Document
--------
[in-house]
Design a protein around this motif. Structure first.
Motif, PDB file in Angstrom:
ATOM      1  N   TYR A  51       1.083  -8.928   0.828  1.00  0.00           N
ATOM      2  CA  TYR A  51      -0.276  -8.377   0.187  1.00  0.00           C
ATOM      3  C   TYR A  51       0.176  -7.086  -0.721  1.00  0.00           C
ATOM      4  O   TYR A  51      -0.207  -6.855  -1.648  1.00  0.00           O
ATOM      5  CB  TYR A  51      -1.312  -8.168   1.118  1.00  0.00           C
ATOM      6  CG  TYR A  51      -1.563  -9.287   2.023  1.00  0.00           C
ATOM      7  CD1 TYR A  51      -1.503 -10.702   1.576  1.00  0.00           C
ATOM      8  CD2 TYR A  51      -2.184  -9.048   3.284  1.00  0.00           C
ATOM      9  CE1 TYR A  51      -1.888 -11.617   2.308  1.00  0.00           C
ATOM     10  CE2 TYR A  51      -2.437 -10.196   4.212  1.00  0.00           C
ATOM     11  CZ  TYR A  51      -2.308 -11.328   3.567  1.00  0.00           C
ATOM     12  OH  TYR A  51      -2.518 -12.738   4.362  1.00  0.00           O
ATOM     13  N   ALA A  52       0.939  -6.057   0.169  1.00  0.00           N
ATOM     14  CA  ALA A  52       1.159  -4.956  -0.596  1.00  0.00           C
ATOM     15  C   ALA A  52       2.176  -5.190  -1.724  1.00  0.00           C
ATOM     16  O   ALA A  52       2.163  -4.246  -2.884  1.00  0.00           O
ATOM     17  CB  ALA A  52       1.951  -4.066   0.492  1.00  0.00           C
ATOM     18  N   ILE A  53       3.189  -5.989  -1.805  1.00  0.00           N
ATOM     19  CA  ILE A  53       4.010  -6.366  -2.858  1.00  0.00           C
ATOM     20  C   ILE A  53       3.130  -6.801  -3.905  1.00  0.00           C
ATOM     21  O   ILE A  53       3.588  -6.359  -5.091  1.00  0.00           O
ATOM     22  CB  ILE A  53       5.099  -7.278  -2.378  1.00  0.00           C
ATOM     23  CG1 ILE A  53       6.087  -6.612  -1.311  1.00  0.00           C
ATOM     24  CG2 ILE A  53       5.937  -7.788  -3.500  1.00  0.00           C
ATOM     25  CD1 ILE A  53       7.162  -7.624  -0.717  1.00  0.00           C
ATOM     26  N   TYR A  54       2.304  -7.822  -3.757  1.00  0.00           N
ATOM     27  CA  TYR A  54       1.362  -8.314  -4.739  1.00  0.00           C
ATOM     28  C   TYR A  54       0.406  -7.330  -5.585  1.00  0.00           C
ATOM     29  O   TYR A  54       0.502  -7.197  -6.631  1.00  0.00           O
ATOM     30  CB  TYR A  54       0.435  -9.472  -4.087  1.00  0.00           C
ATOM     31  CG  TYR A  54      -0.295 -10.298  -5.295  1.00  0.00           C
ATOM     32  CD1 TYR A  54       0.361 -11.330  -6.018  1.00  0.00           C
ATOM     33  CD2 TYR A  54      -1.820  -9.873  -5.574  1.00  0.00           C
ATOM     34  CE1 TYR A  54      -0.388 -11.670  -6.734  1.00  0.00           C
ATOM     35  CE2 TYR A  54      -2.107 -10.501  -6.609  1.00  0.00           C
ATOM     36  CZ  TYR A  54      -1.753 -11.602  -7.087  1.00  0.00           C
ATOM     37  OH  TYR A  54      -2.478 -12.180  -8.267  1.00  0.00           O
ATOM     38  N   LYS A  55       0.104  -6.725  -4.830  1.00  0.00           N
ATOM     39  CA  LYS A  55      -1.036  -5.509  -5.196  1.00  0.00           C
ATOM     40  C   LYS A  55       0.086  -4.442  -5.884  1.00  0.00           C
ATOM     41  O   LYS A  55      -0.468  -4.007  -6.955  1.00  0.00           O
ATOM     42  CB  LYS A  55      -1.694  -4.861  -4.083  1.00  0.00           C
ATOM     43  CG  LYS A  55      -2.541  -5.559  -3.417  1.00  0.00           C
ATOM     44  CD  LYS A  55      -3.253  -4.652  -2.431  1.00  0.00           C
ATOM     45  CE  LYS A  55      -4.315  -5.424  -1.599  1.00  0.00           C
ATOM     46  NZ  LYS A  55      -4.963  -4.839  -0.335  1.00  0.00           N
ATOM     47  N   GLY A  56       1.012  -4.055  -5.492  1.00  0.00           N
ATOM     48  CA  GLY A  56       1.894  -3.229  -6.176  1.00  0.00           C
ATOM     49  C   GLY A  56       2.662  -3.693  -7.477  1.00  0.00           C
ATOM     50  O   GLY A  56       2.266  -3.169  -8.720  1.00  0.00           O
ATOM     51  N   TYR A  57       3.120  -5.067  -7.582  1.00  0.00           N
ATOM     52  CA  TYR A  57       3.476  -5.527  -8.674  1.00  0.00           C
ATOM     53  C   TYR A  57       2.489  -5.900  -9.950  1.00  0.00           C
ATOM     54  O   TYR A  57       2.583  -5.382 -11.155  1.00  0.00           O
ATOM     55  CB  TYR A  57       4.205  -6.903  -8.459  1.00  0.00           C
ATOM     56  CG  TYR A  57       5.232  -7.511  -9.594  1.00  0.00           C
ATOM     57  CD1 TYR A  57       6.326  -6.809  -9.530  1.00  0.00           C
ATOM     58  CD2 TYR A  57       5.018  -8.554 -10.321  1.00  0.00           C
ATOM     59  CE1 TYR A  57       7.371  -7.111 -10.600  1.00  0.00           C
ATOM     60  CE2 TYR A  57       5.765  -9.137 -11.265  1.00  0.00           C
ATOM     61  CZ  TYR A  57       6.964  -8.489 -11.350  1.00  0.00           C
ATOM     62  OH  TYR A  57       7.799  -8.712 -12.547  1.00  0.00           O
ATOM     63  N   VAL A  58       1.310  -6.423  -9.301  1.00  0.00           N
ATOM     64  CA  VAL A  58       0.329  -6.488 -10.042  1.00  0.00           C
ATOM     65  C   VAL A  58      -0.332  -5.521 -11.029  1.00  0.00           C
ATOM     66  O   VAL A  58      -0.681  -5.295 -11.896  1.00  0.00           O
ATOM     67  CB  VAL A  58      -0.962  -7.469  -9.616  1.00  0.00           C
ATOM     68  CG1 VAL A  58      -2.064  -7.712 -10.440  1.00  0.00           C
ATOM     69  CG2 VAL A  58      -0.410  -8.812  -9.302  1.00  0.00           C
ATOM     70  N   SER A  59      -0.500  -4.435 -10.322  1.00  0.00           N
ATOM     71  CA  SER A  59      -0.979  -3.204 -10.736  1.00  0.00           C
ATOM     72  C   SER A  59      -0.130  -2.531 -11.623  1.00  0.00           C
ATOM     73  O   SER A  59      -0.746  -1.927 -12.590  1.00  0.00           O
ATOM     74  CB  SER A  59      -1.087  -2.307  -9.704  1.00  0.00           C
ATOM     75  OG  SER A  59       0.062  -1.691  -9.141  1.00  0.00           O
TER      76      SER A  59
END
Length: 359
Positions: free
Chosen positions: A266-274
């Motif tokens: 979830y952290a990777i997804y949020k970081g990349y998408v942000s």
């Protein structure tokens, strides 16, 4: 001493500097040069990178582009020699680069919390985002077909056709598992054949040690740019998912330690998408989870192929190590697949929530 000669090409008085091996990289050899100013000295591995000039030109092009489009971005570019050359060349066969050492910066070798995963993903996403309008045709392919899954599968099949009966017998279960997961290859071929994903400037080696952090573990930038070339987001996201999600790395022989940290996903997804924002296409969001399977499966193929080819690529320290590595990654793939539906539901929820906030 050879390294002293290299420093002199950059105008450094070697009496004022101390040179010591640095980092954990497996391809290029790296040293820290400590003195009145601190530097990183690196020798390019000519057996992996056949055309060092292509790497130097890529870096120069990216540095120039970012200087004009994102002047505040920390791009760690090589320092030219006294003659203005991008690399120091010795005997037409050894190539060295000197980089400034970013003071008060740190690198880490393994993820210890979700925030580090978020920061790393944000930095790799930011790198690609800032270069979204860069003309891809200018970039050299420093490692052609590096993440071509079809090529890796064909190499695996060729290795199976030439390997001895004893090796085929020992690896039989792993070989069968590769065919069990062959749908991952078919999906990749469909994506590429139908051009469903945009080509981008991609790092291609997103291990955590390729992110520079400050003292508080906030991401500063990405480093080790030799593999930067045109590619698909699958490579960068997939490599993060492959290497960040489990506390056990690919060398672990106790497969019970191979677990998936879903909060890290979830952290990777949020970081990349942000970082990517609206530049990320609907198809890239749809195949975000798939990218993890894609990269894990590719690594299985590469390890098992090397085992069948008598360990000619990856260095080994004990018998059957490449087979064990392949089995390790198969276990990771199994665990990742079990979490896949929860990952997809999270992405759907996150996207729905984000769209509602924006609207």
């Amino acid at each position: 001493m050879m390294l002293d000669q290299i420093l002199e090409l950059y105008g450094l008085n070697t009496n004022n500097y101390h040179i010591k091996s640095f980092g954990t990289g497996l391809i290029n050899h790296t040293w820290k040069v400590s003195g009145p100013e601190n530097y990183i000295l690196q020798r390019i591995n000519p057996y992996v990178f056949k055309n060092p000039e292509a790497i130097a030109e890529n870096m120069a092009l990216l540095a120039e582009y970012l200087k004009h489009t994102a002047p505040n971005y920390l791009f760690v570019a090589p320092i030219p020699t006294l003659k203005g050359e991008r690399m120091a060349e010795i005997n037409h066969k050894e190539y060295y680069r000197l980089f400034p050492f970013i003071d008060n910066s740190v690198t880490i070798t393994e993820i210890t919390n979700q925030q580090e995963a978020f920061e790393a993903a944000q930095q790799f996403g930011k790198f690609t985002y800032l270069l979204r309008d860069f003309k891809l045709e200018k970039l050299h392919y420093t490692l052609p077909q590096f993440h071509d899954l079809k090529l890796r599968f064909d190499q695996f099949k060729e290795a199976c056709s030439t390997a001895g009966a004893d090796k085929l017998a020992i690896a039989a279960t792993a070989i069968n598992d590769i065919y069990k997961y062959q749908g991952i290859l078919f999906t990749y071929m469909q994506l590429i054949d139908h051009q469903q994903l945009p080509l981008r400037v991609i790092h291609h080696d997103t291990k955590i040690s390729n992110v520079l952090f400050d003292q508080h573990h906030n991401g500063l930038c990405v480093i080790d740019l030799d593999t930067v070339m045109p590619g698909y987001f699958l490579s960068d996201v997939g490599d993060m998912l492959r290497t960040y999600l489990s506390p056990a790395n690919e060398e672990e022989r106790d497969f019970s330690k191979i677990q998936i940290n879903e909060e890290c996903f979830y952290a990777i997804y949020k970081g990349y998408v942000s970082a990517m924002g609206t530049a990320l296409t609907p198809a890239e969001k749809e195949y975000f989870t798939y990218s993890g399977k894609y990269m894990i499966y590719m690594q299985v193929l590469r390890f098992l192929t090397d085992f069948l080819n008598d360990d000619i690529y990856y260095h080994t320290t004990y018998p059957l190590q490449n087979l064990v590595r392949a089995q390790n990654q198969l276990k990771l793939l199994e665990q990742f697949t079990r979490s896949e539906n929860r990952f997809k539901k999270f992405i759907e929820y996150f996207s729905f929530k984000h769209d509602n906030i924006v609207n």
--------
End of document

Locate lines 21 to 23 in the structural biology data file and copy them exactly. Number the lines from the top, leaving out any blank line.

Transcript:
ATOM     18  N   ILE A  53       3.189  -5.989  -1.805  1.00  0.00           N
ATOM     19  CA  ILE A  53       4.010  -6.366  -2.858  1.00  0.00           C
ATOM     20  C   ILE A  53       3.130  -6.801  -3.905  1.00  0.00           C